– Kaye Ford
The report also asked women photographers to talk about their own individual experiences, and I must admit much of what they said rings true. I’ve been ‘mansplained’ many a time by older, male amateur photographers who frankly don’t know what they are talking about, which while fairly harmless, can be annoying and frustrating at the best of times. What isn’t so harmless, however, is when it enters harassment territory or blatantly flouts equal rights in the workplace.
Founder of Equal Lens Jaki Jo Hannan has said that some female commercial photographers she had spoken to had turned down work or were made to feel that they couldn’t accept certain jobs because they were still breastfeeding infants at the time, and it wasn’t appropriate or welcome in that environment.
“I see so many women just miss out on jobs all the time and what happens is a lot of the male photographers who get that work go on to get more of it because they have [those jobs] in their portfolio, and it becomes this perpetual cycle that makes the gap wider,”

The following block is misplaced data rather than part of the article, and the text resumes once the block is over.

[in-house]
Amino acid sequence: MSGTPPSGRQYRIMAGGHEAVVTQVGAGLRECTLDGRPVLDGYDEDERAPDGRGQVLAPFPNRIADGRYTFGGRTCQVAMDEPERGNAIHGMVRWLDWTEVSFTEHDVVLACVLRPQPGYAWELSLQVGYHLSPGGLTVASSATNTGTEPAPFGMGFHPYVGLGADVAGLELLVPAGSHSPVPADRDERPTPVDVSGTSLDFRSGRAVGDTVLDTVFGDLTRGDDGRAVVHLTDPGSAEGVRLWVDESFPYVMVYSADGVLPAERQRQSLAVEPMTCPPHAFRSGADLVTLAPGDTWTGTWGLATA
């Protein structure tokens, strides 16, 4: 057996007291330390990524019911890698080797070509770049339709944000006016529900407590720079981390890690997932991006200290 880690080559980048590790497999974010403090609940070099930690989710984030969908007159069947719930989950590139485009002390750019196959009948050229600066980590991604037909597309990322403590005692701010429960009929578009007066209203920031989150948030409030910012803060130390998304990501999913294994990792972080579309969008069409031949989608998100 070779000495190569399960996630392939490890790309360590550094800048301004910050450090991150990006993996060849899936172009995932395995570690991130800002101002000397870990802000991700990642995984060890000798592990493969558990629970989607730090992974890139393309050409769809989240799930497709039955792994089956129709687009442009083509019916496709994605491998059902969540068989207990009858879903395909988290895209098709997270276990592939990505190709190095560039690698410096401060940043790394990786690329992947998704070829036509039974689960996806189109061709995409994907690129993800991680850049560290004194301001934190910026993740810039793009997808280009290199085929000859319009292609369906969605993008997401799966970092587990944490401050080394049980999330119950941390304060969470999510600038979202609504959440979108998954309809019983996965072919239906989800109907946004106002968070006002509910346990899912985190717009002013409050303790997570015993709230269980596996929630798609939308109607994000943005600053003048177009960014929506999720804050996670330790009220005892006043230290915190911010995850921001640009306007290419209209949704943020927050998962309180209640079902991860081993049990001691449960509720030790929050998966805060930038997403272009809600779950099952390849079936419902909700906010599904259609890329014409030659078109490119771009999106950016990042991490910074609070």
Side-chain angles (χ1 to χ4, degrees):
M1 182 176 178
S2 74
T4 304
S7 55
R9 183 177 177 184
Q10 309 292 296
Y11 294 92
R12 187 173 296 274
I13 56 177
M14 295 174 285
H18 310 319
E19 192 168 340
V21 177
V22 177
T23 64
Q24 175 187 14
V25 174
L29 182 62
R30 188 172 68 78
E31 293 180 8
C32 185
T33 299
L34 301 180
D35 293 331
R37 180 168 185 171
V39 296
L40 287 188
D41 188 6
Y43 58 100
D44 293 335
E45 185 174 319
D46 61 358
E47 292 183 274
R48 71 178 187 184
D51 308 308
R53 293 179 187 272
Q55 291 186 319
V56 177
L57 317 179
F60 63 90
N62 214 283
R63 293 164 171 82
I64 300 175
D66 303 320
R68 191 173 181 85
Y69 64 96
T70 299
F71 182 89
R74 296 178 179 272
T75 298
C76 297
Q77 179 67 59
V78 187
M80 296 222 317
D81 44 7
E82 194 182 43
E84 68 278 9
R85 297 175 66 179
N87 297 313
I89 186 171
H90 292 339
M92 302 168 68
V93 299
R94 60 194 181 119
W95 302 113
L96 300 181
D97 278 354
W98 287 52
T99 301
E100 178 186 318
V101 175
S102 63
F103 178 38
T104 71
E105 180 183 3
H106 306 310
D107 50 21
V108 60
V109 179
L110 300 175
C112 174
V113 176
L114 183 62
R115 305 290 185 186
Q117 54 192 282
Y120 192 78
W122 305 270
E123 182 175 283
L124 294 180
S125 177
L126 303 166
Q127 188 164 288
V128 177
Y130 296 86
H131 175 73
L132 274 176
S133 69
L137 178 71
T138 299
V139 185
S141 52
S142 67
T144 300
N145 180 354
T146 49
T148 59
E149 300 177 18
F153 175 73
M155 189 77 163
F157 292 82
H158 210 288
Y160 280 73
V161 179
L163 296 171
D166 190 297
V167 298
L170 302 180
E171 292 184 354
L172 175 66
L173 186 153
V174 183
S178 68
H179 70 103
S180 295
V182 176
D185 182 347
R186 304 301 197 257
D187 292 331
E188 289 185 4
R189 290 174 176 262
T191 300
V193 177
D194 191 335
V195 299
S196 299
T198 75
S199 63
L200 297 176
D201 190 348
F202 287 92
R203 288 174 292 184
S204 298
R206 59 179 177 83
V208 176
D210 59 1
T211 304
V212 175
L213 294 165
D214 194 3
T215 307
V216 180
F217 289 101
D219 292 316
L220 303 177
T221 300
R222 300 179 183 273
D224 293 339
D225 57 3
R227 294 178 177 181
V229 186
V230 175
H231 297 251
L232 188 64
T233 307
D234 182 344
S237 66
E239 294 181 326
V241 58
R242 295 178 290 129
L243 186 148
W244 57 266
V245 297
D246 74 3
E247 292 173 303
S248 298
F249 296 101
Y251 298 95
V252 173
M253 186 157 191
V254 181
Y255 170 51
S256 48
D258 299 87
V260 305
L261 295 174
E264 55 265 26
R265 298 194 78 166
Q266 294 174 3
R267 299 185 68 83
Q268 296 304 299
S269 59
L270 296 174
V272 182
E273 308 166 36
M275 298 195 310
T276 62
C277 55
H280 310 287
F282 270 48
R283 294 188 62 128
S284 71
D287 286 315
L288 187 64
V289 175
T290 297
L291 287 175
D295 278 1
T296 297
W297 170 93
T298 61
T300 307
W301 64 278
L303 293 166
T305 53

– Jaki Jo Hannan for Creative Review
Coming from working in the classical music world, I must say that I have generally found the photography world much more inclusive. But then I have always had the attitude not to let these things hold me back. If I want to do something, I will find a way.
That being said, it would be really great if talented women photographers were more visible across the board, were paid what they are worth, had access to equal representation by creative outlets and were not made to feel unsafe or unwelcome in the workplace.
As an industry, we can, and should, do better than this. What are your thoughts? Do you think women are fairly represented in the photography community? You can read the entire report here.